Author: Heidi Hudson
Celebrities seem to be getting canceled much more frequently nowadays as compared with a decade ago. From Ellen DeGeneres and Will Smith to Target and Balenciaga, there seems to be a never-ending list of celebrities and companies that have been exiled from the land of fame for controversial things they have said or done. What exempts some stars from this cancel culture?
There are many ways to define cancel culture. In a 2020 Pew Research study, “Americans and ‘Cancel Culture’: Where Some See Calls For Accountability, Others See Censorship, Punishment”, researchers found that the general public views cancel culture through a variety of lenses/ Many purposes were mentioned, ranging from use as an accountability tool, as way to call out racial or gender-based persecution, as way to displace anyone with differing opinions, as an attack on American society, and many more. Even so, at the core of cancel culture, people see canceling as an opportunity to stand up for what they believe in and as a refusal to be poorly represented by the people we have elevated-people who we admire and hold to a higher standard.
On Sept. 7, alternative country singer-songwriter Zach Bryan’s security guard was pulled over by a police officer in rural Oklahoma. Bryan, who had been driving in a separate truck, also pulled to the side of the road. Bryan exited his vehicle and began verbally harassing the officer, leading to his arrest. Verbal harassment of an officer seems like it would warrant public cancellation, but Bryan responded to his actions quickly. According to Fox News, Sergeant Betsy Brantner Smith of the National Police Association is reported of saying, “I can’t, off the top of my head, come up with another celebrity who’s [apologized] that quickly and that sincerely after having a negative experience with law enforcement”.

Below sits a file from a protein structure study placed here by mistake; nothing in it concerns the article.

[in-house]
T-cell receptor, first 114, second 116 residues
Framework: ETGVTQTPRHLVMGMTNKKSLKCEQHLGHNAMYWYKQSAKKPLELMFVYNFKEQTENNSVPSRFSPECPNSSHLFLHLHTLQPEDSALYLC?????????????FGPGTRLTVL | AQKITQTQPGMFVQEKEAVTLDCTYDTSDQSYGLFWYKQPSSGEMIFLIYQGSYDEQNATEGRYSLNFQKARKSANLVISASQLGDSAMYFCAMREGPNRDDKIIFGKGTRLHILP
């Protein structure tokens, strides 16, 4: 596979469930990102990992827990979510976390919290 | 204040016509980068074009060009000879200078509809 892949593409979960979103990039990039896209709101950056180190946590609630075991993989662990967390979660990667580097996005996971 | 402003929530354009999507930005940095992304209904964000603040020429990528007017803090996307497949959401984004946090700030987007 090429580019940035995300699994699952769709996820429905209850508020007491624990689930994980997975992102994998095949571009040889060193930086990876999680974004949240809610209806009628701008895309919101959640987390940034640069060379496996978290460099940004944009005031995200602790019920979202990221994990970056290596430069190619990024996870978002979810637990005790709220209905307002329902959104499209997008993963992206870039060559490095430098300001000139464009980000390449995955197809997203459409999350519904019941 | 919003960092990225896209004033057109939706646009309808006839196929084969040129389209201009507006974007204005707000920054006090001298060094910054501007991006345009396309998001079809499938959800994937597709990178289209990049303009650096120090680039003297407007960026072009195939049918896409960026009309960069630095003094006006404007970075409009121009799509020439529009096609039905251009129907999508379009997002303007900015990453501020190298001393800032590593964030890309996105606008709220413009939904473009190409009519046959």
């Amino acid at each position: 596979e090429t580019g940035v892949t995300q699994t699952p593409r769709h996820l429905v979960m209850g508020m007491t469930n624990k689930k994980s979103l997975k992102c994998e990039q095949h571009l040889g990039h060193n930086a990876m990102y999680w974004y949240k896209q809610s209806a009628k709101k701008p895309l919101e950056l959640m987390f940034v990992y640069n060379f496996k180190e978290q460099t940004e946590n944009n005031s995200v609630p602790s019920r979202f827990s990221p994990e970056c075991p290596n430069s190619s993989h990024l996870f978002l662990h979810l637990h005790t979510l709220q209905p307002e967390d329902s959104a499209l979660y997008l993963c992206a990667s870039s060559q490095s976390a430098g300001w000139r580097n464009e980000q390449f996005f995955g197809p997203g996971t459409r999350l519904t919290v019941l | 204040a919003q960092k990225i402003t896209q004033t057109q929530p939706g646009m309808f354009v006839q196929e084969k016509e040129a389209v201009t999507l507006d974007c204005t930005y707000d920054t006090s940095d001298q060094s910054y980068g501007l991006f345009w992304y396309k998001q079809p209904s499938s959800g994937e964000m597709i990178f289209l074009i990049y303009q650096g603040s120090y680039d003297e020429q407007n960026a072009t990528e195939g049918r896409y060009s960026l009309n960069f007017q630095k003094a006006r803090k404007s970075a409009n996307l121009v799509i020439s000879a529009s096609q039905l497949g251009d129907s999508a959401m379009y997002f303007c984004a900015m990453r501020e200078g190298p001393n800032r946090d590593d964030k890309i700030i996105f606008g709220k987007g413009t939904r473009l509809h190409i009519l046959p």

While many other celebrities wait until the public is outraged to formally apologize to the parties affected and to the people themselves, Bryan quickly addressed the issue both privately and on his social media sites. On Sept. 8, Bryan posted on both Twitter and Instagram explaining what had happened through a heartfelt expression of his regret. He recognized that he was wrong and he worked to make this knowledge known before he faced public backlash.
Fans of Bryan were quick to forgive his actions due to his prompt addressing of the event, showing that general respect comes from admittance of one’s wrongdoings. This story has the ability to explain a lot about cancel culture— the shunning and boycotting of celebrities that have acted unfavorably— in big ways. When a celebrity is representative of a group of people, as they often are, these people stick by the celebrity’s actions. When they act unacceptably in the eyes of their fans and do not take that as an opportunity to apologize and grow, they public retaliates by means of cancel culture.
Forgiveness is a difficult concept to fully understand, but through work and intentionality, people can give grace and receive forgiveness. Together, Hope College, we can hope for a forgiving future.
Photo credit: Fox News